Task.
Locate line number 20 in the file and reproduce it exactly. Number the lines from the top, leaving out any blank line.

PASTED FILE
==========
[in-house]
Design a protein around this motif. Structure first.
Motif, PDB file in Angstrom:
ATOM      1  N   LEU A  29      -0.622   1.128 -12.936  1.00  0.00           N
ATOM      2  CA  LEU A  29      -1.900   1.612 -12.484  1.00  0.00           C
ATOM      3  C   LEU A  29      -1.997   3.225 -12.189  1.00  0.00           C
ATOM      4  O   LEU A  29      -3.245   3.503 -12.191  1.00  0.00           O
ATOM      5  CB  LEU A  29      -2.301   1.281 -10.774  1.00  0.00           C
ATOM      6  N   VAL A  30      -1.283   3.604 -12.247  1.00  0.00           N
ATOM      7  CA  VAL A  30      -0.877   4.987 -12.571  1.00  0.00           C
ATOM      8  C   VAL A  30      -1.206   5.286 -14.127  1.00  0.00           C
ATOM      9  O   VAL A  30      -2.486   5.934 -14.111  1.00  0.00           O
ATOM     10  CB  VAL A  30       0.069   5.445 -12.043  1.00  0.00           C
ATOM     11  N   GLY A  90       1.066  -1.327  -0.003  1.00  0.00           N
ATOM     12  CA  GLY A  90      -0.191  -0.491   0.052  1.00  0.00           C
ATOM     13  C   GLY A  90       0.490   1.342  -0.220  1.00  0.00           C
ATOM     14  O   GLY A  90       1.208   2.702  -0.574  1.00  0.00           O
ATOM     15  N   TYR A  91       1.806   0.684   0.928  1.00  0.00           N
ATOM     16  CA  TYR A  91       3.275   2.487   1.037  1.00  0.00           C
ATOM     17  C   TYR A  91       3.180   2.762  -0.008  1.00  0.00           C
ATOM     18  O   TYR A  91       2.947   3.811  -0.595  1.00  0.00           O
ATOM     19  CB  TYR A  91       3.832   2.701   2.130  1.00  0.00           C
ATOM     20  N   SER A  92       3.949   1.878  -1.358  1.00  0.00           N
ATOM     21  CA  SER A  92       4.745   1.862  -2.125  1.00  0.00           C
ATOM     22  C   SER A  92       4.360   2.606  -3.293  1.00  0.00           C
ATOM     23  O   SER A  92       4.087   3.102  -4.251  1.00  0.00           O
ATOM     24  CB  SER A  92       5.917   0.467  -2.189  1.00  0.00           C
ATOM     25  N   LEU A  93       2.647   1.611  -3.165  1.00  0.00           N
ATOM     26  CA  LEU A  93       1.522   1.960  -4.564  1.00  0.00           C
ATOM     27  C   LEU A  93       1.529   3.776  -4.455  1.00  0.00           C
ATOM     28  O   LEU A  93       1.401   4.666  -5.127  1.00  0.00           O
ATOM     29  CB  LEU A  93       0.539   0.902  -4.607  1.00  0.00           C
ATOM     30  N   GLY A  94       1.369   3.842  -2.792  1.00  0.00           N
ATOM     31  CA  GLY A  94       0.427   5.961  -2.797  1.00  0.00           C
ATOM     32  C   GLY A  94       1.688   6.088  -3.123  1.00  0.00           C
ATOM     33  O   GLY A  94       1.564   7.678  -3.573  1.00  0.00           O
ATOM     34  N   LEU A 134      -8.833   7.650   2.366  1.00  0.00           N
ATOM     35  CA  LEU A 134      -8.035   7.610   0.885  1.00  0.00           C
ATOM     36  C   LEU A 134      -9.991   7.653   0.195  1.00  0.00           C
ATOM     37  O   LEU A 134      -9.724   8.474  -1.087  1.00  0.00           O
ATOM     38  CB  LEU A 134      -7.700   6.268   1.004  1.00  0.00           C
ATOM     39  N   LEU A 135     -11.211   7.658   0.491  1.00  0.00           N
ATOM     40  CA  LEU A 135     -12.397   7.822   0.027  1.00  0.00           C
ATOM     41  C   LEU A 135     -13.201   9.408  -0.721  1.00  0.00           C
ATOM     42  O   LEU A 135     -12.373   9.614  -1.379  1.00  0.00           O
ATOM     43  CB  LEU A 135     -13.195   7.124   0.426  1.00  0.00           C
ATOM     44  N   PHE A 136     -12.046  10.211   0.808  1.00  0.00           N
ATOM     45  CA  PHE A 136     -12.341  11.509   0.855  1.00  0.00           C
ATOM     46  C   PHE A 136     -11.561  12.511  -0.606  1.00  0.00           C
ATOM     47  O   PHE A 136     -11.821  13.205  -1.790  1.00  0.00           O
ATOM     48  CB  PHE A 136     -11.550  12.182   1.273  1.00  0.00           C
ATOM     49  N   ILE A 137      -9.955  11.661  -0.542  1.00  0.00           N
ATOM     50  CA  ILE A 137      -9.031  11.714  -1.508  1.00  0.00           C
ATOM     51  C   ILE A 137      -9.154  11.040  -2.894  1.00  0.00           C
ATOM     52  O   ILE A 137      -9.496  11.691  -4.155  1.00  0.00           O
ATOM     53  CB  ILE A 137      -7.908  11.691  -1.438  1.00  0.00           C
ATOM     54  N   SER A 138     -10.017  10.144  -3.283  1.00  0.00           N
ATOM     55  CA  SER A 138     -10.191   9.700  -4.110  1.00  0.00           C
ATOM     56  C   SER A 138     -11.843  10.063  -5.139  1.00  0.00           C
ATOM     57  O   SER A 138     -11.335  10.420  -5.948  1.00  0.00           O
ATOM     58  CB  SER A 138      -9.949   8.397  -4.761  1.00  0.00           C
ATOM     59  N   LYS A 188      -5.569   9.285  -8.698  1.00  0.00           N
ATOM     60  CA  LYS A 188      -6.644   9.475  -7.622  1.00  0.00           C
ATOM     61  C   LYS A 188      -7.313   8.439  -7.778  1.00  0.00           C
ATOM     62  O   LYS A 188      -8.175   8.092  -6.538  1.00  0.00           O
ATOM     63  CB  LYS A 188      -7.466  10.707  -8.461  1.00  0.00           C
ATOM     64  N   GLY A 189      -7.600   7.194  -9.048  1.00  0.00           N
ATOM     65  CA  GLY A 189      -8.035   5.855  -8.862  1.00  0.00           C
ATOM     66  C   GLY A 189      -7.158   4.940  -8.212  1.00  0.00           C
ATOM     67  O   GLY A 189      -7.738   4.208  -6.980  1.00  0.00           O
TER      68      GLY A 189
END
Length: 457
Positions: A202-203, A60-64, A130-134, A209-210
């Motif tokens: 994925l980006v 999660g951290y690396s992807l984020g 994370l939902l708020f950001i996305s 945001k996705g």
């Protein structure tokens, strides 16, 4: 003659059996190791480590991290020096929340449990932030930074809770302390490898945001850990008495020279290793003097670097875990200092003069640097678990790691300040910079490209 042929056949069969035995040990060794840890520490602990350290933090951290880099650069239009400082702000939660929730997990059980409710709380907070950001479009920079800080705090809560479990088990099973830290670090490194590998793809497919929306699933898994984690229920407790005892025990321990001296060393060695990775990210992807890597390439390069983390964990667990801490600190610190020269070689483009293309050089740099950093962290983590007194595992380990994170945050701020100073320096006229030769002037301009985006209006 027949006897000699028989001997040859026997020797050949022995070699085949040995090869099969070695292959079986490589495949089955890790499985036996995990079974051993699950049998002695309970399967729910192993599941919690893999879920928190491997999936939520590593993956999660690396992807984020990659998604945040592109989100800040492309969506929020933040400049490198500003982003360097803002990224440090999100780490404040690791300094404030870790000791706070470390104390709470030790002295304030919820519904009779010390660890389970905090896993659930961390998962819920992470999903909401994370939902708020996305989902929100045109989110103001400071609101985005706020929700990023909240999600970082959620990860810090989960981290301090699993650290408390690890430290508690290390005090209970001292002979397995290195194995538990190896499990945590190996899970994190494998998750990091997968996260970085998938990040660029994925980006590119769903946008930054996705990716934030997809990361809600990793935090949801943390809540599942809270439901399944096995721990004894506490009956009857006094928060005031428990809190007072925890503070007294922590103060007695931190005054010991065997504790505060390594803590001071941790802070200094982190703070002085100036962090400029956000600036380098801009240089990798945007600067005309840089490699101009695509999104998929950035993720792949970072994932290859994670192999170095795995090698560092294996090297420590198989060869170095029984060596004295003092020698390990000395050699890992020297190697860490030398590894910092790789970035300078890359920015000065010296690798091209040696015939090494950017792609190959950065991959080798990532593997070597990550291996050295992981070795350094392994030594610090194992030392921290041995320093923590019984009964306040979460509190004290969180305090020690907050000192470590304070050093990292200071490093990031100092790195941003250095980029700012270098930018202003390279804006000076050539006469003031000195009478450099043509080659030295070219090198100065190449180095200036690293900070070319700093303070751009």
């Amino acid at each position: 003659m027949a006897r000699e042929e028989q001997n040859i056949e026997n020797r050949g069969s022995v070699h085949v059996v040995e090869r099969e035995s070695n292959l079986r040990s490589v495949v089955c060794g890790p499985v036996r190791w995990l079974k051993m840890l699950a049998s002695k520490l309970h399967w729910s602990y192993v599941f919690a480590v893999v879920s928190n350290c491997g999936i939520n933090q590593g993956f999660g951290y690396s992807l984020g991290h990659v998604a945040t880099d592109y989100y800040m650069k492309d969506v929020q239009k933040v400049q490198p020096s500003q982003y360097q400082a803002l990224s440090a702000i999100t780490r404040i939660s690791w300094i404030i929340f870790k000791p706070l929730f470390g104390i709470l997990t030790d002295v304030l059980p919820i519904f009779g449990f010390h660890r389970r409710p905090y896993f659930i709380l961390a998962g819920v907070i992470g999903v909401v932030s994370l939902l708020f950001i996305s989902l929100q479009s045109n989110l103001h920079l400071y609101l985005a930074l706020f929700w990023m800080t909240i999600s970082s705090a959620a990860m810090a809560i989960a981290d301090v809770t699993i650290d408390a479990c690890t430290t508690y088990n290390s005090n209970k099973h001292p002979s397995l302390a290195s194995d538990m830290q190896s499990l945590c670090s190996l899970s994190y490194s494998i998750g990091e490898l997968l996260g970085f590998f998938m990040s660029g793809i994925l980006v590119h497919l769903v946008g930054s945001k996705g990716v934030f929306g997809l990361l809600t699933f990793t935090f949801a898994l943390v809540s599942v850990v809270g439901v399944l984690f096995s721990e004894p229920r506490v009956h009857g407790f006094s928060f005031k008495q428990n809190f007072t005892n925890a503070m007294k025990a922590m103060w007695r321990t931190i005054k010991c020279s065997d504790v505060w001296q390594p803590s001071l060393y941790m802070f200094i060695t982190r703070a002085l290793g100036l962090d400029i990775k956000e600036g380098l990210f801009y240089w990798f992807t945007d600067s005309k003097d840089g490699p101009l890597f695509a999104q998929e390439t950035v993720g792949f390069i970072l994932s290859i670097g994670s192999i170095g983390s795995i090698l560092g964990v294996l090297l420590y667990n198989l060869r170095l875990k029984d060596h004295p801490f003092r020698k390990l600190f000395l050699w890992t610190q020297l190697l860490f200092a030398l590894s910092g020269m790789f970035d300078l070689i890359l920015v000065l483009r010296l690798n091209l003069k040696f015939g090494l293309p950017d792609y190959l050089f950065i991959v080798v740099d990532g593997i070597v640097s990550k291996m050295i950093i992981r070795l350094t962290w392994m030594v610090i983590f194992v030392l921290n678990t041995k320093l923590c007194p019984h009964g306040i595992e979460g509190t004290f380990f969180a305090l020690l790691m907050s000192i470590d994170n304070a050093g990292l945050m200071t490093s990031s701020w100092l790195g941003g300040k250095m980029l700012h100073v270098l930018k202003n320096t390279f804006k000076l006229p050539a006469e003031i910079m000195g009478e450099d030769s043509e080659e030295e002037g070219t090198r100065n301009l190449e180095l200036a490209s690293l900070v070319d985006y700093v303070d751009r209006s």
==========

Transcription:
ATOM     17  C   TYR A  91       3.180   2.762  -0.008  1.00  0.00           C